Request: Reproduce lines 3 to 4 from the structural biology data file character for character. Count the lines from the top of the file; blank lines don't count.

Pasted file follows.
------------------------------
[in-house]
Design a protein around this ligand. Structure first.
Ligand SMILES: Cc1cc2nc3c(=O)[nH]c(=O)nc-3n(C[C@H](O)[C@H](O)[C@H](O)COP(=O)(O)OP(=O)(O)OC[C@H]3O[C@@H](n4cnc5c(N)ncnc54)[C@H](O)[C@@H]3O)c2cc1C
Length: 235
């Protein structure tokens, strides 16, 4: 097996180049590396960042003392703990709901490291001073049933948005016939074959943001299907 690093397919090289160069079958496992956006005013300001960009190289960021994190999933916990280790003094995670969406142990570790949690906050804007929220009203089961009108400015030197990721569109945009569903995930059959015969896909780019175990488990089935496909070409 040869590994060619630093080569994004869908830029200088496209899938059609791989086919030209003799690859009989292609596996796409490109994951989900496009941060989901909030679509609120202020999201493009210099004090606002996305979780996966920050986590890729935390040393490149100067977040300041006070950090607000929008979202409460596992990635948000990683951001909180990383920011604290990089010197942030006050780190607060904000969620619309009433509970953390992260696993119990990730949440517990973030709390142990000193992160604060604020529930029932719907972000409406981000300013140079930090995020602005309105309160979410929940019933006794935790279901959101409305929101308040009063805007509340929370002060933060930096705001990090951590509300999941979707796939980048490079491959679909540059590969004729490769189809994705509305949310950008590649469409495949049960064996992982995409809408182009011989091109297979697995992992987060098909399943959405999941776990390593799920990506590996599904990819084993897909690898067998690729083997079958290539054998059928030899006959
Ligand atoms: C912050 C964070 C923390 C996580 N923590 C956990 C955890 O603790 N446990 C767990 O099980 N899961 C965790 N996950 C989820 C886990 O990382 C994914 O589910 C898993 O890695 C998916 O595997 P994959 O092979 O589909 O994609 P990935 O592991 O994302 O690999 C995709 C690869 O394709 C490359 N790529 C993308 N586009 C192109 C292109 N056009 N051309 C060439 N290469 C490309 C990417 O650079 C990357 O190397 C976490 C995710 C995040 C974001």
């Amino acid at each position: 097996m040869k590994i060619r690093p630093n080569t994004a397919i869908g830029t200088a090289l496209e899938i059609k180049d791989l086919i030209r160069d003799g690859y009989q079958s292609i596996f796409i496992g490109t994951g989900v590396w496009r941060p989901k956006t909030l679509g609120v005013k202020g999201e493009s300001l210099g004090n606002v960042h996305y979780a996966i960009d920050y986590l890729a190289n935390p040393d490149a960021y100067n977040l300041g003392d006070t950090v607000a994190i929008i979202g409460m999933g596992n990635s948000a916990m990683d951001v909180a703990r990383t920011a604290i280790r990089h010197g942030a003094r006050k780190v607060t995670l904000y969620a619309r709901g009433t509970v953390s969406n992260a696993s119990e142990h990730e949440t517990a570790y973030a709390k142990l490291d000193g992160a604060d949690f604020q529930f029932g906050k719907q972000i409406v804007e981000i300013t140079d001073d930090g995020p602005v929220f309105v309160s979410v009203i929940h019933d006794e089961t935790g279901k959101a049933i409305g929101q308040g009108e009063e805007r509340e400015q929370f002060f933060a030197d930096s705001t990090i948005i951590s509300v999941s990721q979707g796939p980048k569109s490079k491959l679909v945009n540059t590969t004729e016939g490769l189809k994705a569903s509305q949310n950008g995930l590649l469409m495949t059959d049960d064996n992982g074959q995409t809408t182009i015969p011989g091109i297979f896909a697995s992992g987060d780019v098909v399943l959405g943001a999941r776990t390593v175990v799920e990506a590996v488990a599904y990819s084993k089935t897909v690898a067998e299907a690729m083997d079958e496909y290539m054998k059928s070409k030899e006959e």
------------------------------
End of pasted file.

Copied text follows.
Ligand SMILES: Cc1cc2nc3c(=O)[nH]c(=O)nc-3n(C[C@H](O)[C@H](O)[C@H](O)COP(=O)(O)OP(=O)(O)OC[C@H]3O[C@@H](n4cnc5c(N)ncnc54)[C@H](O)[C@@H]3O)c2cc1C
Length: 235